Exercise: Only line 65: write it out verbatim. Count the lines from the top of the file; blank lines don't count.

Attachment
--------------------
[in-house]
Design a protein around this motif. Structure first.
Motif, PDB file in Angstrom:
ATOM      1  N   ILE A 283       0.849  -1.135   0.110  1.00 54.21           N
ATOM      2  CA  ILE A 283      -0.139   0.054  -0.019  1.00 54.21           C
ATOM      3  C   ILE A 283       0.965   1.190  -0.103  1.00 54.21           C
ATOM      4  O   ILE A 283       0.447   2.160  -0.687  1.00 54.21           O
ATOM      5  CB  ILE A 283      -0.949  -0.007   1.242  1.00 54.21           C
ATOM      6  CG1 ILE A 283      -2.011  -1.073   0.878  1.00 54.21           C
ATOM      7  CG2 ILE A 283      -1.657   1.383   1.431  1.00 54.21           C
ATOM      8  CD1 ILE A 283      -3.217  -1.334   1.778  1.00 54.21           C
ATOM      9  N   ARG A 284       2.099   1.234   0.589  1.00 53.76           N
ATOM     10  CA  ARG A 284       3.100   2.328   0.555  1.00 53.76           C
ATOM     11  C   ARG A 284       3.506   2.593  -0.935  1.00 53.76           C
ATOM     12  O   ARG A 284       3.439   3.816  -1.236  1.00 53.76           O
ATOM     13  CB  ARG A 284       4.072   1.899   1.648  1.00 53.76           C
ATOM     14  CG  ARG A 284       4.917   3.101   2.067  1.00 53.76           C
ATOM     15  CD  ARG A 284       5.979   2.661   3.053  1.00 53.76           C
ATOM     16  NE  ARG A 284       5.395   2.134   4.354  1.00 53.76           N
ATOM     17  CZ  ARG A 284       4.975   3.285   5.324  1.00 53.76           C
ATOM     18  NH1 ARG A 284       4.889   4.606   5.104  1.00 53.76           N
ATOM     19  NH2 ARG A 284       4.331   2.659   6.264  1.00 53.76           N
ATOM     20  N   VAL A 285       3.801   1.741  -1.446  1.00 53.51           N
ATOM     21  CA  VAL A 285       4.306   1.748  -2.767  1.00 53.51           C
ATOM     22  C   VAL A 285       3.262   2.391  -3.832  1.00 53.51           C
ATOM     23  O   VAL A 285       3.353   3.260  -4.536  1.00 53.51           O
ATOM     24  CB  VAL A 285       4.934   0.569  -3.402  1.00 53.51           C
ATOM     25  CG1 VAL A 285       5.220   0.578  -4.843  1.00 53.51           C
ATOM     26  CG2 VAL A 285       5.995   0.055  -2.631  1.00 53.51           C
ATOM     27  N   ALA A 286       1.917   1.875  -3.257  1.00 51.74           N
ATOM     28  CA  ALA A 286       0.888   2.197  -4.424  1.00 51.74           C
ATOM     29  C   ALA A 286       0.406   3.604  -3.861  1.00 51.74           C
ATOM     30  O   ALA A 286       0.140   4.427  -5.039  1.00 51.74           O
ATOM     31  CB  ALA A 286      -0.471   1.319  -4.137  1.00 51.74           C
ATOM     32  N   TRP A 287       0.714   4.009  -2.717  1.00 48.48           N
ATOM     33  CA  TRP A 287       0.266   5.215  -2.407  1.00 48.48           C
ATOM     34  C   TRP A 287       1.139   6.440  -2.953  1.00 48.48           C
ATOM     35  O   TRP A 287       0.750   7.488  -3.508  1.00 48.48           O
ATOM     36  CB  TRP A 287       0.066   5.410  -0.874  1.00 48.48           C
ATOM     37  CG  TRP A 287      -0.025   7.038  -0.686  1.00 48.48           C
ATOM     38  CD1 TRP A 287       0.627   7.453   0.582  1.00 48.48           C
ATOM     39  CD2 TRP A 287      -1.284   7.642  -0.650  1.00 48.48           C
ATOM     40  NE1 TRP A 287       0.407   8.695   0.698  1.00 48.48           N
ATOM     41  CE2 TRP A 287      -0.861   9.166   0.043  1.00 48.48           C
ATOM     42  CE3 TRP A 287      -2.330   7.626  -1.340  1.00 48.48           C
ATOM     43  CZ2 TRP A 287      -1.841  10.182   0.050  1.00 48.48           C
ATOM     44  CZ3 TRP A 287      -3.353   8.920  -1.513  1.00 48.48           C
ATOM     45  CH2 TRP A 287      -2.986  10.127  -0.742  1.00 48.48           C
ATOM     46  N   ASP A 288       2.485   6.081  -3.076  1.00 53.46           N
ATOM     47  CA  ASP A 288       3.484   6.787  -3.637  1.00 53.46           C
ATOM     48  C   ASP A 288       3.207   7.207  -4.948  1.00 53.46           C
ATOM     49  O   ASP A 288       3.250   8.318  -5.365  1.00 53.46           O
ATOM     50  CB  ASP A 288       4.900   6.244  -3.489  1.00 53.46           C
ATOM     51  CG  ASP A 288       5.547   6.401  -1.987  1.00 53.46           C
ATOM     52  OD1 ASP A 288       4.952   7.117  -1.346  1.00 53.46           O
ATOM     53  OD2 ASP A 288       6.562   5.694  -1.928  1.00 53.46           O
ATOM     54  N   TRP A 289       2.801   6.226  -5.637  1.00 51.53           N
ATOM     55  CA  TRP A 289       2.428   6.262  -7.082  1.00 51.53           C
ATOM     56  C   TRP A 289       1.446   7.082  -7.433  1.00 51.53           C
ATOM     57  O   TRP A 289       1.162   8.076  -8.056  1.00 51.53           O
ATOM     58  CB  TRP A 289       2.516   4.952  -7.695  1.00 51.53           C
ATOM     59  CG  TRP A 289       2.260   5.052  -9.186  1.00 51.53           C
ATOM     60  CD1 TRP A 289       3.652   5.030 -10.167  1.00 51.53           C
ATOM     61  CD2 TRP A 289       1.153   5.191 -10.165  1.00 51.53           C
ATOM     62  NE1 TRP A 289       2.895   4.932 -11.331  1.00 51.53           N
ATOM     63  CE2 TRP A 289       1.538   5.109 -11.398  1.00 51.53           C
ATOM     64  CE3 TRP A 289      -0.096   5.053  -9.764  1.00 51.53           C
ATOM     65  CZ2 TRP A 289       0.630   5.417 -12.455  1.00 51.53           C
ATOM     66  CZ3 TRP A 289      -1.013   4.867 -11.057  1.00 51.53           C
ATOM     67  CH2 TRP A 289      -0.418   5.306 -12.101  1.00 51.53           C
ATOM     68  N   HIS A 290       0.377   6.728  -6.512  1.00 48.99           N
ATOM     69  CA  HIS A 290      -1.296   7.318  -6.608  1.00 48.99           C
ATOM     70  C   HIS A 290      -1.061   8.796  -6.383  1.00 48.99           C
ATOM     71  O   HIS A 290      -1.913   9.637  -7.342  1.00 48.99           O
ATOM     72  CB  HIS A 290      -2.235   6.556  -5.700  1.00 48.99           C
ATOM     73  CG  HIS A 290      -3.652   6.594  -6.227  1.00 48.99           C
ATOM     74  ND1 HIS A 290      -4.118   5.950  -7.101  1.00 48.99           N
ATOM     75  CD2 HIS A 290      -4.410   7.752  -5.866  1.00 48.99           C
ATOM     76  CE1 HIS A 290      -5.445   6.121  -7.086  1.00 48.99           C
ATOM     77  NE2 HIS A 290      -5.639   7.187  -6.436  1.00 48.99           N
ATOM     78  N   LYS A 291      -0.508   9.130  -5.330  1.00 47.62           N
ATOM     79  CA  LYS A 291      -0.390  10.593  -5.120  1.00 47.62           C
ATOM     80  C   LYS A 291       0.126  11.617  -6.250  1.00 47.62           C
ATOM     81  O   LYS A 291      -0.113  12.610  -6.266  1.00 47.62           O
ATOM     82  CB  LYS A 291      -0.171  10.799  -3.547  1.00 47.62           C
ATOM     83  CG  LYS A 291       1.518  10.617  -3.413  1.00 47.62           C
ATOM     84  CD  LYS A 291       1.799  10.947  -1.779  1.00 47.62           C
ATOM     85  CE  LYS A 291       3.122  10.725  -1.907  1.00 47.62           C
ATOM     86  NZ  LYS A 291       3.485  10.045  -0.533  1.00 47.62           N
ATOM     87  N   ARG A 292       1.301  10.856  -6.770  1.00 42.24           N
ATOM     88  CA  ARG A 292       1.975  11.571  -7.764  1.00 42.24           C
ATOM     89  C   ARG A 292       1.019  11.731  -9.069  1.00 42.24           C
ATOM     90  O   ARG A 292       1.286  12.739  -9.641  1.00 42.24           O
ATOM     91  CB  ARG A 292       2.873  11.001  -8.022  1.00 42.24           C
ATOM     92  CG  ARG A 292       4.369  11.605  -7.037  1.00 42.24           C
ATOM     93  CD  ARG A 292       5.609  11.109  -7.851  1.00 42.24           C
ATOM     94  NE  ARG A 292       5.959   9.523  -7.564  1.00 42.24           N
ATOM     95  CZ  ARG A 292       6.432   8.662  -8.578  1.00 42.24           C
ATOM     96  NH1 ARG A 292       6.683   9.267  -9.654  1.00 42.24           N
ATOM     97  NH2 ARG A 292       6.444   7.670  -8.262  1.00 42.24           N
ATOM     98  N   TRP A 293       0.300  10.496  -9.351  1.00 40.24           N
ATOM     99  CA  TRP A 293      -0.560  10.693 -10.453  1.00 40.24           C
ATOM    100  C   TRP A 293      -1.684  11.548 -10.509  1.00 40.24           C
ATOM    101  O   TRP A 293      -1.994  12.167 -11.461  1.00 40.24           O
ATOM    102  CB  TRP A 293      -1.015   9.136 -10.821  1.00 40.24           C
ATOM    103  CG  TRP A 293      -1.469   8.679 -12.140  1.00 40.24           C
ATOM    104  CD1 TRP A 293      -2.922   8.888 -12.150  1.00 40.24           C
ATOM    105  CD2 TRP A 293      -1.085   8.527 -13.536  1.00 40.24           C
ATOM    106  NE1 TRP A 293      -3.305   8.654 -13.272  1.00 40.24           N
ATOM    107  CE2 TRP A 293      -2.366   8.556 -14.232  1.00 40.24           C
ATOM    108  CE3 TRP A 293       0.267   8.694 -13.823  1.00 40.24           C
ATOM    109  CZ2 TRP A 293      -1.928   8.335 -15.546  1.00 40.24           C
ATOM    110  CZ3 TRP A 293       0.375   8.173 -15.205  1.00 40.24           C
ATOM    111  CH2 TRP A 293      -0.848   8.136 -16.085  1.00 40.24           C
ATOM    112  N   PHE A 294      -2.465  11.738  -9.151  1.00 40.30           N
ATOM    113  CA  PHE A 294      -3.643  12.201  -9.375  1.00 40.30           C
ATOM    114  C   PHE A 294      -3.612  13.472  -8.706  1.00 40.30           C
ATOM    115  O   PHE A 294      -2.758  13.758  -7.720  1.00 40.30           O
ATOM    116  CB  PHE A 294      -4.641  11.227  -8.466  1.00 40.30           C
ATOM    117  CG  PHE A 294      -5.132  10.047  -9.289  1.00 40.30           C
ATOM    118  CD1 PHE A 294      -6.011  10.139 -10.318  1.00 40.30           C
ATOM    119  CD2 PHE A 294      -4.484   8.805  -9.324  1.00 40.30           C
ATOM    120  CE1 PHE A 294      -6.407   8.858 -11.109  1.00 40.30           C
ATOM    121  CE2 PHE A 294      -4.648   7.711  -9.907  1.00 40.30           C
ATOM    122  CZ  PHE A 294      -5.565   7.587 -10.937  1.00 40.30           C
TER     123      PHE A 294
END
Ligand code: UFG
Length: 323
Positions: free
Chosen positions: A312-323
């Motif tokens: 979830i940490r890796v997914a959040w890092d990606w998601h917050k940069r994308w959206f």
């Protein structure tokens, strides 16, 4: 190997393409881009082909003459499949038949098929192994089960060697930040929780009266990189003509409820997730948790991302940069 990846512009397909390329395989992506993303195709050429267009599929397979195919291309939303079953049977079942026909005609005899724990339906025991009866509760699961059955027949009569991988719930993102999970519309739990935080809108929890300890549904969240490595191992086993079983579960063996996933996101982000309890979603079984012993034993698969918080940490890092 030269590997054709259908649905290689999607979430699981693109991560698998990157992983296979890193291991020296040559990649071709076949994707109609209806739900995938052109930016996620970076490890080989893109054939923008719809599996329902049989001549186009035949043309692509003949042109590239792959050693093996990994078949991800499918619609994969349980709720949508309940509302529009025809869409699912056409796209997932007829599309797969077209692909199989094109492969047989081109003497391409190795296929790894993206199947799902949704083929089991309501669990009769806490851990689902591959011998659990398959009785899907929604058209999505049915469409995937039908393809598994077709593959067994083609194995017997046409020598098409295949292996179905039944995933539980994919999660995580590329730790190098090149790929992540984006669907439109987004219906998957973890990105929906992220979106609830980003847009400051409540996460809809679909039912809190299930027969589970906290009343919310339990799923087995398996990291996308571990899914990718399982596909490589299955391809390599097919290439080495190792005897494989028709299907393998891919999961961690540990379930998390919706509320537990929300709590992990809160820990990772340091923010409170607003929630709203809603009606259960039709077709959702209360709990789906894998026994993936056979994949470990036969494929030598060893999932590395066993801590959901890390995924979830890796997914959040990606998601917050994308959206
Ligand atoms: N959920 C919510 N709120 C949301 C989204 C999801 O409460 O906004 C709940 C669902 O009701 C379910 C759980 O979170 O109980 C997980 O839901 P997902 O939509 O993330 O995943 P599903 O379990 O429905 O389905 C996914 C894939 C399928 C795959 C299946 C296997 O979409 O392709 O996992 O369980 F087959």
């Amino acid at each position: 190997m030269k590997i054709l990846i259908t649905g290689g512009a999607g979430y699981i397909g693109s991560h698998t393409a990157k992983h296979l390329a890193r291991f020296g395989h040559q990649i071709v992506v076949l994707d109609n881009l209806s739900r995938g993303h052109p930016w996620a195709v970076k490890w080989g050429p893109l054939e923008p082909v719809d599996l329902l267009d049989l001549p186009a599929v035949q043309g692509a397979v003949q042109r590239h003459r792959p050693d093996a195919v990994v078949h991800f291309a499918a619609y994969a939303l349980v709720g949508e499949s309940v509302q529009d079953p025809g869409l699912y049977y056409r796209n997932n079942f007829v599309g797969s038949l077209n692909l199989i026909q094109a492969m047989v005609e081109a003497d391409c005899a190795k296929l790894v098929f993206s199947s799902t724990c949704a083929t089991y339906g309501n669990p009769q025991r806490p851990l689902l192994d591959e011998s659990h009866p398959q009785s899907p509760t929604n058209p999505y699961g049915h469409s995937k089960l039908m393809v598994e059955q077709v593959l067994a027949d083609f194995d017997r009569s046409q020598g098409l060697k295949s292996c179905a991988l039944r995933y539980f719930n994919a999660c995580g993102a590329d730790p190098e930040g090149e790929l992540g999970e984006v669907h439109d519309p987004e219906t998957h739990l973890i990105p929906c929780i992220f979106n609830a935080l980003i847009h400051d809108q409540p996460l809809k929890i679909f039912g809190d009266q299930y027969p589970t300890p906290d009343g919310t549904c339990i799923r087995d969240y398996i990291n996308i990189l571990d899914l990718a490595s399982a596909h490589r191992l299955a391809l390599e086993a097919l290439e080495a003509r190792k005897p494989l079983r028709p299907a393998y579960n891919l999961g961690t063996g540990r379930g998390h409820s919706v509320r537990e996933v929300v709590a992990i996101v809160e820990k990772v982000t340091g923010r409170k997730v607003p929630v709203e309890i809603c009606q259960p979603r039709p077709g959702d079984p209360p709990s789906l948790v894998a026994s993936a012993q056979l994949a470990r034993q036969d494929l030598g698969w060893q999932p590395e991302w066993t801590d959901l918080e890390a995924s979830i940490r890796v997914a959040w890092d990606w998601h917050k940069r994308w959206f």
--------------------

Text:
ATOM     62  NE1 TRP A 289       2.895   4.932 -11.331  1.00 51.53           N